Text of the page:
Scott Pesiridis, PhD, Associate Fellow, Scientific Leader - Discovery Biology, GSK

1:55 Antagonists of the Adenosine 2a Receptor (A2AR) to Reverse Tumor Suppression in the TME

Alwin Schuller, PhD, Senior Principal Scientist/Team Lead, Oncology, IMED Biotech Unit, Astra Zeneca

Adenosine, signaling through the high affinity A2AR receptor, contributes to an immune suppressed tumor micro environment by inhibiting multiple cell types involved in both innate and adaptive immunity. AZD4635 (HTL-1071) is a potent oral A2AR antagonist in clinical development in combination with durvalumab (anti-PDL1). This presentation will highlight our current pre-clinical understanding of the mechanism of action of AZD4635, including activation of various immune cell types, and anti-tumor activity in different syngeneic tumor models.

2:25 Targeting the Adenosine Immunosuppressive Pathway

Daniela Cipolletta, PhD, Investigator III, Exploratory ImmunoOncology, Novartis

2:55 Sponsored Presentation (Opportunity Available)

3:25 Refreshment Break in the Exhibit Hall with Poster Viewing and Poster Competition Winner Announced

4:05 A Dual CD73-A2AR Antagonist to Reduce Adenosine in the TME

Murali Ramachandra, PhD, CSO, Aurigene Discovery Technologies Limited

Adenosine generated within the tumor by CD73 thwarts the anti-tumor immune response by signaling through receptors such as A2AR on immune cells. Interestingly, the co-blockade of CD73 and A2AR results in a more pronounced anti-tumor activity than blockade of either, likely due to production of adenosine by alternate routes, increased CD73 expression upon A2AR inhibition and compensatory activity of other adenosine receptors. We will discuss our success in discovering inhibitors that dually target CD73 and A2AR.

4:35 Discovery of Small Molecule Aryl Hydrocarbon Receptor (AhR) Antagonists for Cancer Immunotherapy

Thomas Hoffman, PhD, CFO, Phenex Pharmaceuticals

Activation and accumulation of the nuclear aryl hydrocarbon receptor (AhR) protein is frequently seen in different tumor types and has been linked to immunosuppression, resulting in a diminished anti-tumor immune response. Targeting of AhR with an antagonist may therefore provide a novel immunotherapeutic approach for enhancing anti-tumoral immune responses. We identified small molecule AhR antagonists to block activated downstream signaling of AhR. The lead molecules show high potency, selectivity, favorable ADME/PK and in vivo efficacy in different preclinical models.

5:05 Interactive Breakout Discussion Groups

Join a breakout discussion group. These are informal, moderated discussions with brainstorming and interactive problem solving, allowing participants from diverse backgrounds to exchange ideas and experiences and develop future collaborations around a focused topic. Visit the conference website for discussion topics and moderators.

6:05 Welcome Reception in the Exhibit Hall with Poster Viewing (Sponsorship Opportunity Available)

7:10 Close of Day

Wednesday, September 18

7:30 am Registration Open and Morning Coffee

New Inhibitors Of Checkpoint Blockade

8:00 Chairperson’s Remarks

Alwin Schuller, PhD, Senior Principal Scientist/Team Lead, Oncology, IMED, Biotech Unit, Astra Zeneca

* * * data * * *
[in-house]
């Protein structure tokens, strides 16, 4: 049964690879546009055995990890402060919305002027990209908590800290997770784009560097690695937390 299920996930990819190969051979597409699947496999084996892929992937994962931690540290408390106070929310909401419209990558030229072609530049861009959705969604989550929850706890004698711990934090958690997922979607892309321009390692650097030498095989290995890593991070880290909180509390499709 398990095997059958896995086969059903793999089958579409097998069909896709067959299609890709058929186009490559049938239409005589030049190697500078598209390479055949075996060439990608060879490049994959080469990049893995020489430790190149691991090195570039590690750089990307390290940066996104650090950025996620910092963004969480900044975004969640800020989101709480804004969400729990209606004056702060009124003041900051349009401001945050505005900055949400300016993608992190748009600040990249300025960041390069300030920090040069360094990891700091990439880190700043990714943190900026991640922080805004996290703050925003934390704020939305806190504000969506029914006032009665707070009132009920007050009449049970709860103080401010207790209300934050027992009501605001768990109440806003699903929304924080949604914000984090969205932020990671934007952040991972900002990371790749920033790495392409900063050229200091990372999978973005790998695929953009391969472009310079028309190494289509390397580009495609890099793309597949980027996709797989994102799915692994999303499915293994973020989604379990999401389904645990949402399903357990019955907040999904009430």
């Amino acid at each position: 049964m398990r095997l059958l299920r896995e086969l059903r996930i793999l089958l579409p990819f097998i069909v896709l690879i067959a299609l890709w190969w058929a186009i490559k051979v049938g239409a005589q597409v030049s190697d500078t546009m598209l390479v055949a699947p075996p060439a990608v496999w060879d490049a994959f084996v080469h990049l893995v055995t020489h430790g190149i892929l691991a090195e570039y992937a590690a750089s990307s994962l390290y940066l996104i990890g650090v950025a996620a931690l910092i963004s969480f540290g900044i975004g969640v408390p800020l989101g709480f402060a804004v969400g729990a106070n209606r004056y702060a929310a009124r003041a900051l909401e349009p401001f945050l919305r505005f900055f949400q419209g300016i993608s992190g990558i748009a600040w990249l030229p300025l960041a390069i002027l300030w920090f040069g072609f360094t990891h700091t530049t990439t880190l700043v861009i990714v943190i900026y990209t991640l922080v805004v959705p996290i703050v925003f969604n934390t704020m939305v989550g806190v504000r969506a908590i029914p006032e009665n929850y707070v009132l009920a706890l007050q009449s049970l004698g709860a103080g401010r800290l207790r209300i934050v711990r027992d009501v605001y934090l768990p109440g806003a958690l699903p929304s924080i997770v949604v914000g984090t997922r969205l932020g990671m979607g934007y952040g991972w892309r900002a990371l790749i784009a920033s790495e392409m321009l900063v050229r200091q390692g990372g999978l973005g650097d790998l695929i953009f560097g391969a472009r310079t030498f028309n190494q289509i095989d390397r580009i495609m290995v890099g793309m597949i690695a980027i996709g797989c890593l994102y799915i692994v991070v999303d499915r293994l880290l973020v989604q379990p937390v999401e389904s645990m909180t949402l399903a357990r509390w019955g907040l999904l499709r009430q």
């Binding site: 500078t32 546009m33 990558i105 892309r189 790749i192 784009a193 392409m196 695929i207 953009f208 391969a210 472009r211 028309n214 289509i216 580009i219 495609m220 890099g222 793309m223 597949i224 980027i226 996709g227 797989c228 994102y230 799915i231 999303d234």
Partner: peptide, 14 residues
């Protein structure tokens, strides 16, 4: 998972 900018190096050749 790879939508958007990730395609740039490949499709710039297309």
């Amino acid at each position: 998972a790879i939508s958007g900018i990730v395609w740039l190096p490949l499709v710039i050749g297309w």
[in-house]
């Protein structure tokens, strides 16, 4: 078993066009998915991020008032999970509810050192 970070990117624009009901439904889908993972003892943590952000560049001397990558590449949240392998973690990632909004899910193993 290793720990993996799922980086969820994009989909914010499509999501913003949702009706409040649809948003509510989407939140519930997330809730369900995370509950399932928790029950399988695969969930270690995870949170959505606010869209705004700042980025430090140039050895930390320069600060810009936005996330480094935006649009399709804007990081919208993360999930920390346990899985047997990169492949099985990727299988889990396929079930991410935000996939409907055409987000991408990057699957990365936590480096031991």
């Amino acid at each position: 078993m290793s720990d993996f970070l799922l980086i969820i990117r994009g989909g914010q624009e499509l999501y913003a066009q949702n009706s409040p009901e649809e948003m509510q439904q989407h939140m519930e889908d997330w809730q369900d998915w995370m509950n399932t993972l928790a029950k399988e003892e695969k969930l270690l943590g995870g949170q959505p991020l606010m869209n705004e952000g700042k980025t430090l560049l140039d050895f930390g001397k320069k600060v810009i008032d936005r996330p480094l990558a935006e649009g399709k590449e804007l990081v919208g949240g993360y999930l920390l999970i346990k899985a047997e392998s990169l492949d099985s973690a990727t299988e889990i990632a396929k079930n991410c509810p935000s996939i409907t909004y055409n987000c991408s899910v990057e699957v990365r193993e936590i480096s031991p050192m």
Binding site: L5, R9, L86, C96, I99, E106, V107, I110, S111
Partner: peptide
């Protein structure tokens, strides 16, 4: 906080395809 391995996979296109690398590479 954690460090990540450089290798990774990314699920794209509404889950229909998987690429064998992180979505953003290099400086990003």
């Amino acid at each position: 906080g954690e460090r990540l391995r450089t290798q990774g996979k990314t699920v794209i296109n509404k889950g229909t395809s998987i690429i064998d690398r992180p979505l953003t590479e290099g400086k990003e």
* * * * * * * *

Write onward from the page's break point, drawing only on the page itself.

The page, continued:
8:05 Beyond PD-1: TIM-3 Combinations to Enhance Therapeutic Activity

Srimoyee Ghosh, PhD, Senior Principal Scientist, Translational Research & Strategy, Research and Early Development, Tesaro

8:35 MBG453: a FIH anti-TIM-3 antibody

Tyler Longmire, PhD, Investigator III, Exploratory Immuno-Oncology, Novartis
TIM-3 is a type I trans-membrane protein that is widely expressed on cells of the immune system.  When given in combination, TIM-3 blockade has been shown to enhance the anti-tumor activity of PD-1/L1 checkpoint inhibitors in multiple in vivo models.   MBG453 is a fully humanized, phosphatidylserine blocking anti-TIM3 IgG4 monoclonal antibody currently under investigation in advanced malignancies.

9:05 Sponsored Presentation (Opportunity Available)

9:35 Coffee Break in the Exhibit Hall with Poster Viewing

10:20 CA-170, a First-in-Class, Orally Available, Small Molecule Immune Checkpoint Inhibitor Dually Targeting VISTA and PDL1

Raul Soikes, PhD, Senior Director & Global Program Leader, Curis

10:50 Presentation to be Announced

11:20 Enjoy Lunch on Your Own

11:20 Conference Registration for Programs 1B-7B


PLENARY KEYNOTE PROGRAM
Click here for full abstracts.

12:20 pm Event Chairperson’s Opening Remarks

An-Dinh Nguyen, Team Lead, Discovery on Target 2019, Cambridge Healthtech Institute

 

12:30 Plenary Keynote Introduction

12:40 Base Editing: Chemistry on a Target Nucleotide in the Genome of Living Cells

David R. Liu, PhD, Howard Hughes Medical Institute Investigator, Professor of Chemistry & Chemical Biology, Harvard University

 

 

1:20 PROTACs: Past, Present, and Future

Craig M. Crews, PhD, Professor, Chemistry; Pharmacology; Molecular, Cellular & Developmental Biology; Yale University

 

 

2:00 Close of Plenary Keynote Program

2:00 Dessert Break in the Exhibit Hall with Poster Viewing

2:45 Close of Immuno-Oncology: Emerging Targets and Therapeutics Conference


* The program is subject to change without notice, due to unforeseen reason.

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Update History
2019/07/26
Speaker,Sponsor updated
2019/07/09
Sponsor updated
2019/05/28
Agenda,Sponsor updated
2019/04/18
Event Information updated